There’s an old idiom that says one man’s trash is another man’s treasure. Or in this case, I guess we could change that up a bit and say one man’s trash is another person’s cash.
The story begins back in June 2019.
Four Scrapped Safes
It was probably a day like any other for the staff of Sackers Scrap Metal and Waste Recycling, in the town of Ipswich, England. They had four safes that had come into their yard about six weeks earlier, and they were just getting around to dealing with them.
Having safes come in for scrap metal wasn’t anything unusual, so it’s no surprise they sat there for so long. However, the company did say that,
“It is unusual for them to be filled with anything.”
Yard manager Kevin Harrington also added,
“We often get safes in and we tend to store them up as they are quite difficult to deal with.”
Three safes had already been opened, and they were using a mobile shear to open the last safe when the workers noticed something unusual.
A Treasure Revealed
Much to the shock of the staff, they noticed the last safe was stuffed full of coin bags and banknotes. A spokesperson for Sackers said that the hidden stash was mostly made up of old banknotes and legal tender.
“It had clearly been in there for many years as it was dusty and wet from being in the rain.”
Harrington, mentioned above, also stated,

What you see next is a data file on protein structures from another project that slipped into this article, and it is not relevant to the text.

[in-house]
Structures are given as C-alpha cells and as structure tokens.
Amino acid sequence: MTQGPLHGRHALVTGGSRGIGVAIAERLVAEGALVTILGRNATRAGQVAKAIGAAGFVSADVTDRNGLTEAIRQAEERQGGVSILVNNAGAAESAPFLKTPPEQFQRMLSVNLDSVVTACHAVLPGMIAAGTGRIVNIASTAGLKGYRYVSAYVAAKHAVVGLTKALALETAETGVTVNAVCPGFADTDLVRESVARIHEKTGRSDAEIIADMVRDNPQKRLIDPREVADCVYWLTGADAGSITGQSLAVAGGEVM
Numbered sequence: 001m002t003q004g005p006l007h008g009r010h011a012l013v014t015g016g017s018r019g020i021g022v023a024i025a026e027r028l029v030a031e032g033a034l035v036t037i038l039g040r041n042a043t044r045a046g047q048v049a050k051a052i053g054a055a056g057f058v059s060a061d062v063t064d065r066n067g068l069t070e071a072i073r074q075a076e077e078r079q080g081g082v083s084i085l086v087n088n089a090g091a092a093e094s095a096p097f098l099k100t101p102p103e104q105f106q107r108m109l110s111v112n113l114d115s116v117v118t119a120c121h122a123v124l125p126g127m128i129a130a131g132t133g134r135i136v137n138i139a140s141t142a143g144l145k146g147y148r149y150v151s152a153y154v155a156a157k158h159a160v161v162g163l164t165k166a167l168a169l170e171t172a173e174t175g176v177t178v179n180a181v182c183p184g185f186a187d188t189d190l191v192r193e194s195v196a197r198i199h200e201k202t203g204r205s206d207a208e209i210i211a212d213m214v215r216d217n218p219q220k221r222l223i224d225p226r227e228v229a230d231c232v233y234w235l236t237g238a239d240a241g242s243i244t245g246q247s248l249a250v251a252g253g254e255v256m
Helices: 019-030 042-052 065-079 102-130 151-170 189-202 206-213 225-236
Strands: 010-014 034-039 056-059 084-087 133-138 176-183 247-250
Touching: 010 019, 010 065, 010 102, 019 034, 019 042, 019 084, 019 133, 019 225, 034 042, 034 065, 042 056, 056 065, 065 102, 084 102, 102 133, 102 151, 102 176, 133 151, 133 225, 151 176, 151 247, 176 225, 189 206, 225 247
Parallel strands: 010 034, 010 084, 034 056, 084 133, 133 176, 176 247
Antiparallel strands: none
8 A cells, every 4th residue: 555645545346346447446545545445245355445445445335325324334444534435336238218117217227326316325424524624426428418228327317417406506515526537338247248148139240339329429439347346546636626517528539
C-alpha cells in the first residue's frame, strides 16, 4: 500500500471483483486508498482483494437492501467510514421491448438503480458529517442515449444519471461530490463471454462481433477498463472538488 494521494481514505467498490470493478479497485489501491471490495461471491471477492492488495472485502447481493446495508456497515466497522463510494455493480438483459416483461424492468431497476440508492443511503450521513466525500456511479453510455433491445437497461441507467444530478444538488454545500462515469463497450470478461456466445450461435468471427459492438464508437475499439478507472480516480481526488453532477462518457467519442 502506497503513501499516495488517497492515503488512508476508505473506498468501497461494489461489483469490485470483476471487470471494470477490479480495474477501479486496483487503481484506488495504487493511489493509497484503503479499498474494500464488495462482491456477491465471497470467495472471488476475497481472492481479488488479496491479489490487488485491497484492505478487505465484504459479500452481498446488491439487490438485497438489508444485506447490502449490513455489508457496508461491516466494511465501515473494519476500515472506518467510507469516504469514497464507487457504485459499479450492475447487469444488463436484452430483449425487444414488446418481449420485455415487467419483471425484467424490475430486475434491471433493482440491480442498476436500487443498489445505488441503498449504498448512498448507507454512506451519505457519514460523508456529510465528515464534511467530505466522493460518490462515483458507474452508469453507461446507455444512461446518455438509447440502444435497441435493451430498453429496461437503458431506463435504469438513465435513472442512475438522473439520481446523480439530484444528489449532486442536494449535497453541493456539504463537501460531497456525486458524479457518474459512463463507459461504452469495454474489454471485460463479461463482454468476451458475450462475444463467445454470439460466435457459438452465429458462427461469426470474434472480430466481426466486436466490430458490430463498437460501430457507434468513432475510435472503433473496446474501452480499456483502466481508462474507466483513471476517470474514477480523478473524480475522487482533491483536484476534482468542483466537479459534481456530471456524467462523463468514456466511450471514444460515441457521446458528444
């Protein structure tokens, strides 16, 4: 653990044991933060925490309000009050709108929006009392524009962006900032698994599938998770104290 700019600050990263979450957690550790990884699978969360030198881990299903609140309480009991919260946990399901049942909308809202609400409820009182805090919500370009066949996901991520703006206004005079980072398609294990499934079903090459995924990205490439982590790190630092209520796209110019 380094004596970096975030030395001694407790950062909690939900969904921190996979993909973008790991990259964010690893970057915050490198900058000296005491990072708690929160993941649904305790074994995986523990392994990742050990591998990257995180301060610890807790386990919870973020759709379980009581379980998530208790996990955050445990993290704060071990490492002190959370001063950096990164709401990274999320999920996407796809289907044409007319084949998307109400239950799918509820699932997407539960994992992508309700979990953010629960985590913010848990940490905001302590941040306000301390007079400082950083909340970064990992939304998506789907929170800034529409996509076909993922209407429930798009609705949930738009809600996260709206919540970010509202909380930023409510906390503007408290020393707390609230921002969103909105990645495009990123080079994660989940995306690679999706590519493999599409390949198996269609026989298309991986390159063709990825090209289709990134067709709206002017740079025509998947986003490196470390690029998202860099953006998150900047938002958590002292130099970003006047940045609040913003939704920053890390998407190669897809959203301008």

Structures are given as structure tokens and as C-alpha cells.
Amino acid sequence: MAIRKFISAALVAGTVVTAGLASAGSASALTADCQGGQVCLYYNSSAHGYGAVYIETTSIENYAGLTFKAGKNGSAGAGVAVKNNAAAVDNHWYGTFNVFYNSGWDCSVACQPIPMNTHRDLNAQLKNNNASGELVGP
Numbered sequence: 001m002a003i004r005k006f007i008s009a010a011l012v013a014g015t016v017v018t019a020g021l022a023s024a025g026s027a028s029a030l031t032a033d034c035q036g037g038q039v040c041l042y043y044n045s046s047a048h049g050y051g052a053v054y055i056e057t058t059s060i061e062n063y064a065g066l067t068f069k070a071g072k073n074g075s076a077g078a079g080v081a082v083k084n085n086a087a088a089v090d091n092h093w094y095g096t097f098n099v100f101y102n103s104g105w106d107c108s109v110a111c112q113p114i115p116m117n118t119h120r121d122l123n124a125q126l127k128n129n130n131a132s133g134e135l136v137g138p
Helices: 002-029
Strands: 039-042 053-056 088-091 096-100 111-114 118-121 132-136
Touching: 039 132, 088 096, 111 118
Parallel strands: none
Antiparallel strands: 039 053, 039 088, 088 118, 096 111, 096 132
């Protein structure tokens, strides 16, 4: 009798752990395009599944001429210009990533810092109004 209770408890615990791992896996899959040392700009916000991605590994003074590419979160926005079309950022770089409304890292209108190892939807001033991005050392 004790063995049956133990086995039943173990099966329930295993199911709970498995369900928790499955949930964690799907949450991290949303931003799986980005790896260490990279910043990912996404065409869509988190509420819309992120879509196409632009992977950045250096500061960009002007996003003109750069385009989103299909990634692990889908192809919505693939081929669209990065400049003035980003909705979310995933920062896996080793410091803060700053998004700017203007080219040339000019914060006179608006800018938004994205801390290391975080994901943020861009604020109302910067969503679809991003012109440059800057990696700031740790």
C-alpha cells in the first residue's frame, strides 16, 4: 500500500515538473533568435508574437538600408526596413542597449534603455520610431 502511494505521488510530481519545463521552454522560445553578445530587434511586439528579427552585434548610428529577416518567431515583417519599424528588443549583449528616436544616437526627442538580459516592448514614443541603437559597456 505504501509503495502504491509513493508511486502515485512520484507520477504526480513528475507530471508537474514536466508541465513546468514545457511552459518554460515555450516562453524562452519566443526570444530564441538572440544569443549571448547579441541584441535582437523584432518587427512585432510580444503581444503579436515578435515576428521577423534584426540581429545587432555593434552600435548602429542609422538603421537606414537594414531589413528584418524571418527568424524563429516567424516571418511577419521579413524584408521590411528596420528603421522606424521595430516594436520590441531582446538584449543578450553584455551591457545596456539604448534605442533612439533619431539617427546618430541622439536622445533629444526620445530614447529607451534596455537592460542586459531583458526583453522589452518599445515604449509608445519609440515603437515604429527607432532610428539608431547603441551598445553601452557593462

“It had been in there a long while, the money was very dusty and we didn’t count it all but we guesstimate that there was £20,000 in there but not all legal tender anymore, which shows how long it had been left for.”
A Search for the Proper Owner
Sackers did all they could to find the rightful owner of the money.
Sackers’ marketing manager, Helen Crapnell, said they made an announcement about the find but despite some bogus claims, nothing came of it.
A search proved fruitless even though the money was handed over to the local police in hopes of reuniting the money with its owner. But a financial investigator for the Suffolk Police Department said there was no way of identifying the owner or finding out where the safe had come from.
The police kept the money for six months, allowing time for the money to be rightfully claimed, but that never happened.
Eventually, Sackers went to the magistrate’s court and laid claim to the money as the legal finder.
But while they were the finders, they didn’t intend to be the keepers.
Sackers Donates the Find to Charity
While the company would have been well within their rights to keep the money, that’s not what they did.
In early December they split the find between St Elizabeth Hospice and East Anglia’s Children’s Hospice.
Liz Baldwin, St Elizabeth Hospice’s spokesperson, said:
“We’re so pleased that they have decided to split the findings with St Elizabeth Hospice and EACH, it’s such a lovely surprise for us just before Christmas.”
And speaking on behalf of East Anglia’s Children’s Hospice, Rachel Dally said,
“Sackers has been a valued supporter of ours over the years. We’re very grateful to hear of the company’s intention to make another generous donation. Thanks to the team for thinking of us.”
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